Speedy Luper scoring in bunches for ORU

Jan 21, 2010 - 10:21 PM By JEFF LATZKE AP Sports Writer

TULSA, Okla.(AP) -- The whistle blows and Kevi Luper takes off, effortlessly striding the length of the basketball court.

She's the first Oral Roberts player to reach the opposite baseline and the first to return. And when she or a teammate misses another free throw at the end of the Golden Eagles' practice, off they go again - only for Luper to finish the sprint in first again.

It's that speed that has helped Luper become one of Division I's top scorers and the nation's top pickpocket, with 4.6 steals per game. Thriving in coach Jerry Finkbeiner's new uptempo style, the freshman from rural Oklahoma is averaging 24.6 points and didn't miss a beat against a trio of ranked Big 12 teams earlier this season.

"I love the style of play. I love anything fast, not that I like to run," said Luper, a 5-foot-10 guard from just up the turnpike in northeastern Oklahoma. "Running and being fast and just up and down the court, it's all part of my game and mostly what I'm best at. It suits me perfect."

Luper impressed immediately after arriving on campus, lapping some of her future teammates in a mile run. Her best time was 5 minutes, 31 seconds - well ahead of the 6:15 standard Finkbeiner required of his guards.

"Kevi came in with instant respect from her teammates, just athletically and conditioning-wise and fitness," he said. "That helped Kevi's case coming in: `Who's this girl?"'

Now, people are starting to notice. She burst onto the scene by scoring 44 points against La Salle in her third college game, using her fleet feet to her advantage. She had seven fast-break layups that came off of ORU steals, including one that she turned into a three-point play, and she also hit a 3-pointer in transition.

She also scored 24 points at Kansas, 19 at Texas and 32 at then-No. 6 Baylor - maintaining the same average against ranked Big 12 competition as she has against the rest of ORU's schedule.

"I think her only weakness is she doesn't shoot enough," Finkbeiner said. "There's opportunities there that she hasn't seen yet in the game plan. She's a mid-20s scorer her freshman year, and she's set the bar pretty high for the next three years."

Luper ended up at Oral Roberts, a school of about 5,000 in south Tulsa bearing the name of its televangelist founder, after several Big 12 schools courted her but pulled away because of a string of injuries. She broke her arm, hurt her hand and tore a knee ligament, all during her last two years of high school.

"I'm starting to get all my injuries confused," she says now.

At the time, it was frustrating. She'd get schools set up to watch her play, only to have to cancel when another random injury popped up.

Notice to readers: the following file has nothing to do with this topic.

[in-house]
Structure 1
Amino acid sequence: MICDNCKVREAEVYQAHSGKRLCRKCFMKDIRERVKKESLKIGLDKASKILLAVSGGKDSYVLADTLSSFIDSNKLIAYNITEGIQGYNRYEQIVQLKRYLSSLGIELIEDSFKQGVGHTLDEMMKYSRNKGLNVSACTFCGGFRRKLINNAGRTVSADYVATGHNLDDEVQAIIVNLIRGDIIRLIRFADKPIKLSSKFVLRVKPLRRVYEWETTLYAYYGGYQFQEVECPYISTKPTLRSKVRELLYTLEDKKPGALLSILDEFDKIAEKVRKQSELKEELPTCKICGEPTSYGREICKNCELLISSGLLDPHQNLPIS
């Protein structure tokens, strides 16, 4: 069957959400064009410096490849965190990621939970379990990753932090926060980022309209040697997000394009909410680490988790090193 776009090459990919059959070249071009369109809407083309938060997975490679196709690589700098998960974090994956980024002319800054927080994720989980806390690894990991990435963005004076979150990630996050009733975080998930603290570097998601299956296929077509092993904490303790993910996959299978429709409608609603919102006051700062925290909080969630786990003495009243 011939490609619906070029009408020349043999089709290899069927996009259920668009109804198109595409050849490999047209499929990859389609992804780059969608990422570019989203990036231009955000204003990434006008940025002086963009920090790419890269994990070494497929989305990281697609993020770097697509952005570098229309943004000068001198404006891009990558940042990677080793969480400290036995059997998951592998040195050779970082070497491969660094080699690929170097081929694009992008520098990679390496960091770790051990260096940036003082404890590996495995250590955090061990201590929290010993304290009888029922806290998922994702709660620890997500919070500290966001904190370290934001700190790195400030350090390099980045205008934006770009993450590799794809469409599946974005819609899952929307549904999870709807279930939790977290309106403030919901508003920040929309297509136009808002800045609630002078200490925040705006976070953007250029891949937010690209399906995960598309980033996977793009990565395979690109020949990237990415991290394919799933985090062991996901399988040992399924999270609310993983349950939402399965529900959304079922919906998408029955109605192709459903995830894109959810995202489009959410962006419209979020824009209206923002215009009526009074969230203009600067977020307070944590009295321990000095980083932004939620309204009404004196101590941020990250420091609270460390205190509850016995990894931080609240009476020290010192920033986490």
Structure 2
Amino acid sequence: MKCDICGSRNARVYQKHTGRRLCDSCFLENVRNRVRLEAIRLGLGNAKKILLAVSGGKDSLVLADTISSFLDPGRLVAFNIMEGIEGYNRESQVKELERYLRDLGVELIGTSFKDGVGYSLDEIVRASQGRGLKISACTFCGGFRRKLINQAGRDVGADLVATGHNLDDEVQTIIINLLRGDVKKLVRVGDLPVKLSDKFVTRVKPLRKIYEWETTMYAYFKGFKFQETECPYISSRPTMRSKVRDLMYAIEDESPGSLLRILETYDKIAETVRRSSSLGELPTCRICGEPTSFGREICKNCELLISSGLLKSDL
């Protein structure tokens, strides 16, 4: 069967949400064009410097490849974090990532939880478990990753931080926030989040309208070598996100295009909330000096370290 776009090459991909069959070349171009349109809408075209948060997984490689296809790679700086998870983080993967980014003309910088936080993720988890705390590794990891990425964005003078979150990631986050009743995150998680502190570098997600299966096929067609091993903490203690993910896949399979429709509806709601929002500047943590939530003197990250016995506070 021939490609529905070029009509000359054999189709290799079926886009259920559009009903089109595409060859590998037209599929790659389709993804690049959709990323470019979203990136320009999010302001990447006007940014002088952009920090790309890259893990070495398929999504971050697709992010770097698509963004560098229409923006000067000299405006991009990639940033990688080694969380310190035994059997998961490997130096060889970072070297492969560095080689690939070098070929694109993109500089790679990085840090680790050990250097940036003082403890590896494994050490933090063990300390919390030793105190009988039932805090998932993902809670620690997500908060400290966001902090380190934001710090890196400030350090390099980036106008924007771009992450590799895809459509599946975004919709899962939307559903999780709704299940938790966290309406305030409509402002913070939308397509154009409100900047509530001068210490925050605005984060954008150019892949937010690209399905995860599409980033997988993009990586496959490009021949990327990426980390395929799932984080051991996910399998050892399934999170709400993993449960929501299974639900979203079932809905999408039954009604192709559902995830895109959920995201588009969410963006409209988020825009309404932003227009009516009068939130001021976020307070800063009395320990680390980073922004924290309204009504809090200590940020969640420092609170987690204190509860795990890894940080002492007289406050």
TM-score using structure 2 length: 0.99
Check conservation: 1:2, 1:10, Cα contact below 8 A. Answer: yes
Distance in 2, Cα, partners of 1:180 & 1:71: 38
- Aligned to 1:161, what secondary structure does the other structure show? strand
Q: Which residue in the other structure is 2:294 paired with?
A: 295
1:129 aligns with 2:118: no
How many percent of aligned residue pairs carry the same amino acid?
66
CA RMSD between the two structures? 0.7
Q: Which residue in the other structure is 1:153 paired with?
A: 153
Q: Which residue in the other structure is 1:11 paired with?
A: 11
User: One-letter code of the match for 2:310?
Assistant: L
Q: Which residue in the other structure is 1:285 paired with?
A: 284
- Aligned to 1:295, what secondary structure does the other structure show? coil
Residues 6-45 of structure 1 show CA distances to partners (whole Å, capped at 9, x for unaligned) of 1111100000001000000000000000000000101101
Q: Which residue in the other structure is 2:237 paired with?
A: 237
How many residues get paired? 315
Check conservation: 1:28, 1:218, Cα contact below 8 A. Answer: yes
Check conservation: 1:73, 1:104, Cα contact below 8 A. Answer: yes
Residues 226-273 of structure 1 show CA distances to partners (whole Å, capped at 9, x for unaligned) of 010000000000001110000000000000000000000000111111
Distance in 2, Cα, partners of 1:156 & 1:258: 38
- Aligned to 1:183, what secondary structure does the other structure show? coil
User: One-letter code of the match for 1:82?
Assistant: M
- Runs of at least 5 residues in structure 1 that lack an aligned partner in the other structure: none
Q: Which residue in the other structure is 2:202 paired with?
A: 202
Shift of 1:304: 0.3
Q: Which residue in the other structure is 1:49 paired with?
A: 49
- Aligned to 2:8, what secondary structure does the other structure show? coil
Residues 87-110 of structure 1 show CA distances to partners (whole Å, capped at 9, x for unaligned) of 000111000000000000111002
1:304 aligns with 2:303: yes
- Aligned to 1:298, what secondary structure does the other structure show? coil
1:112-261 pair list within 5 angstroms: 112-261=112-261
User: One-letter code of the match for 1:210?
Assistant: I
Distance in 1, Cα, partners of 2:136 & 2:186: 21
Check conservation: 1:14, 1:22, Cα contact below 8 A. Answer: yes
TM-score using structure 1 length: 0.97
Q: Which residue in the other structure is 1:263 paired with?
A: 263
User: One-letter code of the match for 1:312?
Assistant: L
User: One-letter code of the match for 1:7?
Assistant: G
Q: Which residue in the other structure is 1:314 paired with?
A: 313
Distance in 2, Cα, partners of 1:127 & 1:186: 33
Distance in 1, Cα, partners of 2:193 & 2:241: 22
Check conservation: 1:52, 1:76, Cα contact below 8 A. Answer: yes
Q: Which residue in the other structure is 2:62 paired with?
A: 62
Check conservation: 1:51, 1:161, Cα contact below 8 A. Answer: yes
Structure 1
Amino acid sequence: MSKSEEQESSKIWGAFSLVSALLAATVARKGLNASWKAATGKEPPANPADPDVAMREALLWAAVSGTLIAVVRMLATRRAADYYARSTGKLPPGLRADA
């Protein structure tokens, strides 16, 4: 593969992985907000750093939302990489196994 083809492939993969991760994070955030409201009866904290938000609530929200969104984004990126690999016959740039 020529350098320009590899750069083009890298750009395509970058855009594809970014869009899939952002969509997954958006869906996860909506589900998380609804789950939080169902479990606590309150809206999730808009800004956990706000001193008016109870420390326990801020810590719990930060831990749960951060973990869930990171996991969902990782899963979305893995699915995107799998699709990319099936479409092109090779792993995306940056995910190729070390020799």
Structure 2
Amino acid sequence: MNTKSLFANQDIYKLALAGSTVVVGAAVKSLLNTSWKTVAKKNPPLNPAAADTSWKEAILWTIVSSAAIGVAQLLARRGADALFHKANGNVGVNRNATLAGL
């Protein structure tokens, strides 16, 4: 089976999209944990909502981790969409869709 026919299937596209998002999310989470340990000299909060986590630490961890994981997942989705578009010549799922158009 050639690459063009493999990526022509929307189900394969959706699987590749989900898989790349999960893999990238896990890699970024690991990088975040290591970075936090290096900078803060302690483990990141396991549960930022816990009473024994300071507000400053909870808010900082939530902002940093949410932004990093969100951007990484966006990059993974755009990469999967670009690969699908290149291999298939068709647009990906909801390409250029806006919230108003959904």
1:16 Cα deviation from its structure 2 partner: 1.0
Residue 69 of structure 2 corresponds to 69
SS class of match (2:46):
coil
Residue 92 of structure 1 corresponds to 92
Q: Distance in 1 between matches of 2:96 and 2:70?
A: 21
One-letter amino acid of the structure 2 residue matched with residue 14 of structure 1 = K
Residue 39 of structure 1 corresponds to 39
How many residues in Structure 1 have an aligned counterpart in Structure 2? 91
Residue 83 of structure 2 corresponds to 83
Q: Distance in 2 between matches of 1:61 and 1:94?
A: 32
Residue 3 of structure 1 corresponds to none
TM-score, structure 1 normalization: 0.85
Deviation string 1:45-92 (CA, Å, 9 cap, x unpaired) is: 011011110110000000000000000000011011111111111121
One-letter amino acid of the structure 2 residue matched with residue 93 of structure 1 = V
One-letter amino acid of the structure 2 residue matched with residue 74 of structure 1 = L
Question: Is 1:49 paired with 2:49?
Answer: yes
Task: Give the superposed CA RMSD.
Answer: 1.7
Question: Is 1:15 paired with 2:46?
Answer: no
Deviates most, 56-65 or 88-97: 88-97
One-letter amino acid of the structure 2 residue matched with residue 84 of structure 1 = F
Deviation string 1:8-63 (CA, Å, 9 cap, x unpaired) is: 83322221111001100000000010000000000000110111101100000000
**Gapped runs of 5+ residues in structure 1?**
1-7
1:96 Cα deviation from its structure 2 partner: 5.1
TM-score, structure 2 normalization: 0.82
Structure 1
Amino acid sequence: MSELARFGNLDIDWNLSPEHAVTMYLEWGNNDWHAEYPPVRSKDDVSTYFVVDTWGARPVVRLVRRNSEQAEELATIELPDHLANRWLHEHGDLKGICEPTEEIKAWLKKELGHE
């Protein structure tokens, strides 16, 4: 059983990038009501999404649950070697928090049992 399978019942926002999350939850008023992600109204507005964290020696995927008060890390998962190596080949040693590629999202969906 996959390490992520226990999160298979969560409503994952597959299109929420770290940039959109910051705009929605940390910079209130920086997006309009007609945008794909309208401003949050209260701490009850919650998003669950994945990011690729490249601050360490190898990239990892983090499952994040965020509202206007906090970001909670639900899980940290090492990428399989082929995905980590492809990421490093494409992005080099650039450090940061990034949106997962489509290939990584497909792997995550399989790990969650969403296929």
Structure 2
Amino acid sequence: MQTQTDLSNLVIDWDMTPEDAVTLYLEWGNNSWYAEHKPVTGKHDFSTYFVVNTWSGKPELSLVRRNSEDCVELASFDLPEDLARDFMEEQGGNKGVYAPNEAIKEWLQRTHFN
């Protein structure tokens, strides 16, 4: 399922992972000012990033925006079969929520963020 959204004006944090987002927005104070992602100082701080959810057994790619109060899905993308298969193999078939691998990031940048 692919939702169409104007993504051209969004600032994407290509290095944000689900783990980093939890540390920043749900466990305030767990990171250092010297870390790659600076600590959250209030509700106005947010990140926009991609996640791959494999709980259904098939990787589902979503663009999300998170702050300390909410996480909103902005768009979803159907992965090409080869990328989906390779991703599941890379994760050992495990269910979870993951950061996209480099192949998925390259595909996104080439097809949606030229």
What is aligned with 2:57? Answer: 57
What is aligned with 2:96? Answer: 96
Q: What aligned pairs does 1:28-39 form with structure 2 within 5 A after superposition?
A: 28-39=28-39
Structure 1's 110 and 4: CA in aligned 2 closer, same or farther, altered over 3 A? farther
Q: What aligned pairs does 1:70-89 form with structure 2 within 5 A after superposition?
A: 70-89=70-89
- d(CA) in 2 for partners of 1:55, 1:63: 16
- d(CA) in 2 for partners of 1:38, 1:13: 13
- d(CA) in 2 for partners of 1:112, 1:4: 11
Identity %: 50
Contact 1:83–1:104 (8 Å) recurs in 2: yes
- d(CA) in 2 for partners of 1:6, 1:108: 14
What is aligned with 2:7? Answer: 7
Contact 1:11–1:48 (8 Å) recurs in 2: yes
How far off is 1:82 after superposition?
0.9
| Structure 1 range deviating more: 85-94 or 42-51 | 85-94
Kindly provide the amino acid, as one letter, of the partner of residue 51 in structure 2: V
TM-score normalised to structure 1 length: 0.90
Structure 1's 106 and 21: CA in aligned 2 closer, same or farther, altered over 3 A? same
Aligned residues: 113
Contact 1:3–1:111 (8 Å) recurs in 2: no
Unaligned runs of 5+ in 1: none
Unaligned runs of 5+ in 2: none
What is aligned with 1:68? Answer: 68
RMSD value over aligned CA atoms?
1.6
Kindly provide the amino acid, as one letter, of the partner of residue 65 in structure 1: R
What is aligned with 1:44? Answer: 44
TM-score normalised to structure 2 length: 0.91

"I just missed a lot of recruiting, but ORU was there the whole time," Luper said. "I really liked the coaches and they made the NCAA tournament, and that's what matters in college basketball.

"I wanted to go somewhere where I could make an impact."

Finkbeiner, who has guided the Golden Eagles to the NCAA tournament five times, noticed Luper early and never gave up. She caught his eye with her effort and work ethic during practice at Adair High School and the variety of shots she displayed in warmups before being double- and triple-teamed during games.

"I always liked the hop in her step," Finkbeiner said. "I could tell athletically that she was a cut above."

Luper's parents, Kevin and Jamee, both played high school basketball and her dad played college football for Oklahoma State. She says she remembers playing basketball as early as kindergarten or first grade, when her mom would teach her to dribble in the kitchen. When she was in fourth grade, her parents helped organize a youth league so she could play on a team for the first time.

"We were going to recruit her until she'd say, `No,"' Finkbeiner said. "I think things just kind of worked down that pathway where it came together where our timing was right with her, and her timing was right with us. There's no looking back now because our goals are very high."

And, as Finkbeiner says, it's not just "The Kevi Show." He considers this his best freshman class ever at ORU, although he got a scare when Luper and Jaci Bigham of McAlester tore their ACLs one day apart in 2008. The two showed up at the team's NCAA selection show party on crutches.

"I can only imagine what the team was thinking," Luper said. "`That's what we have next year?"'

Now, the roommates - having bonded through their recoveries - make up the highest scoring backcourt in Division I at 42.2 points per game and have Finkbeiner envisioning another transformation at a program that had never been to the NCAA tournament before he was hired in 1996. The infusion of talent has allowed him to return to the fast-paced style he used to win three straight NAIA titles at Southern Nazarene, where even developed a WNBA player - Astou Ndiaye-Diatta.

He still has hanging on his office wall a framed copy of the Dunkel Index strength ratings that had SNU ahead of even national powerhouses Tennessee and Louisiana Tech for a time during its 1994 undefeated season.

At ORU, his sights are set on getting the school's first NCAA tournament win and perhaps getting even further as Luper's freshman class matures.

"Things are kind of set that this is who ORU is now and we will be," said Finkbeiner, whose teams had never averaged more than 68 points until ranking third in the nation at 83.7 this season. "We're scoring a lot of points this year. We're going to score a lot more next year.

"The future is really bright, and a lot of it has to radiate from Kevi and who she is and where we're going."

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